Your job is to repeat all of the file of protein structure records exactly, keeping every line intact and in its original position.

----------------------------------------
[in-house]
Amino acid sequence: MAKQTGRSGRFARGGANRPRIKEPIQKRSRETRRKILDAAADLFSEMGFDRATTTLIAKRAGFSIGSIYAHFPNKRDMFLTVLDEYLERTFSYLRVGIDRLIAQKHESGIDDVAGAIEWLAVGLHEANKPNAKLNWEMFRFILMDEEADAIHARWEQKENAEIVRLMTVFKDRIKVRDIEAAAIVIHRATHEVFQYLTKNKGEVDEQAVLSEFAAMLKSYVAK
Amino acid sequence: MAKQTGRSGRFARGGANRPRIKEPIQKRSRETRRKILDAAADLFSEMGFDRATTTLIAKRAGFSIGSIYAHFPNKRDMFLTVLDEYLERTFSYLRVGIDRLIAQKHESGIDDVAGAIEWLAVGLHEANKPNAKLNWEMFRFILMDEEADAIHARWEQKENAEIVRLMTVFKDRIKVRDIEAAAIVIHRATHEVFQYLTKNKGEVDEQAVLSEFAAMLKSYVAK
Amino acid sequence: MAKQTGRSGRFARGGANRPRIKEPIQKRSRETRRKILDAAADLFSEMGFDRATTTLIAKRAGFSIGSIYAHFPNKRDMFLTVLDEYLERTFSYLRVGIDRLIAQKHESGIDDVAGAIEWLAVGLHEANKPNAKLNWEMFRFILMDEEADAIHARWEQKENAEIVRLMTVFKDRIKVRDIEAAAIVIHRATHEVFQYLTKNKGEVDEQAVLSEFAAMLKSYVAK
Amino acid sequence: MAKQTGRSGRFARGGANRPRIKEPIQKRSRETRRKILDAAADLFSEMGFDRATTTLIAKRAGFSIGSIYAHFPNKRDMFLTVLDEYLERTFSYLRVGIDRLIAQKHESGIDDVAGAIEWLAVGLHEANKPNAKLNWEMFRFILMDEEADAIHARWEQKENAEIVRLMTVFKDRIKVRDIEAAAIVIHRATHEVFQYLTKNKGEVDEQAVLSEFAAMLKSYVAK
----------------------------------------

[in-house]
Amino acid sequence: MAKQTGRSGRFARGGANRPRIKEPIQKRSRETRRKILDAAADLFSEMGFDRATTTLIAKRAGFSIGSIYAHFPNKRDMFLTVLDEYLERTFSYLRVGIDRLIAQKHESGIDDVAGAIEWLAVGLHEANKPNAKLNWEMFRFILMDEEADAIHARWEQKENAEIVRLMTVFKDRIKVRDIEAAAIVIHRATHEVFQYLTKNKGEVDEQAVLSEFAAMLKSYVAK
Amino acid sequence: MAKQTGRSGRFARGGANRPRIKEPIQKRSRETRRKILDAAADLFSEMGFDRATTTLIAKRAGFSIGSIYAHFPNKRDMFLTVLDEYLERTFSYLRVGIDRLIAQKHESGIDDVAGAIEWLAVGLHEANKPNAKLNWEMFRFILMDEEADAIHARWEQKENAEIVRLMTVFKDRIKVRDIEAAAIVIHRATHEVFQYLTKNKGEVDEQAVLSEFAAMLKSYVAK
Amino acid sequence: MAKQTGRSGRFARGGANRPRIKEPIQKRSRETRRKILDAAADLFSEMGFDRATTTLIAKRAGFSIGSIYAHFPNKRDMFLTVLDEYLERTFSYLRVGIDRLIAQKHESGIDDVAGAIEWLAVGLHEANKPNAKLNWEMFRFILMDEEADAIHARWEQKENAEIVRLMTVFKDRIKVRDIEAAAIVIHRATHEVFQYLTKNKGEVDEQAVLSEFAAMLKSYVAK
Amino acid sequence: MAKQTGRSGRFARGGANRPRIKEPIQKRSRETRRKILDAAADLFSEMGFDRATTTLIAKRAGFSIGSIYAHFPNKRDMFLTVLDEYLERTFSYLRVGIDRLIAQKHESGIDDVAGAIEWLAVGLHEANKPNAKLNWEMFRFILMDEEADAIHARWEQKENAEIVRLMTVFKDRIKVRDIEAAAIVIHRATHEVFQYLTKNKGEVDEQAVLSEFAAMLKSYVAK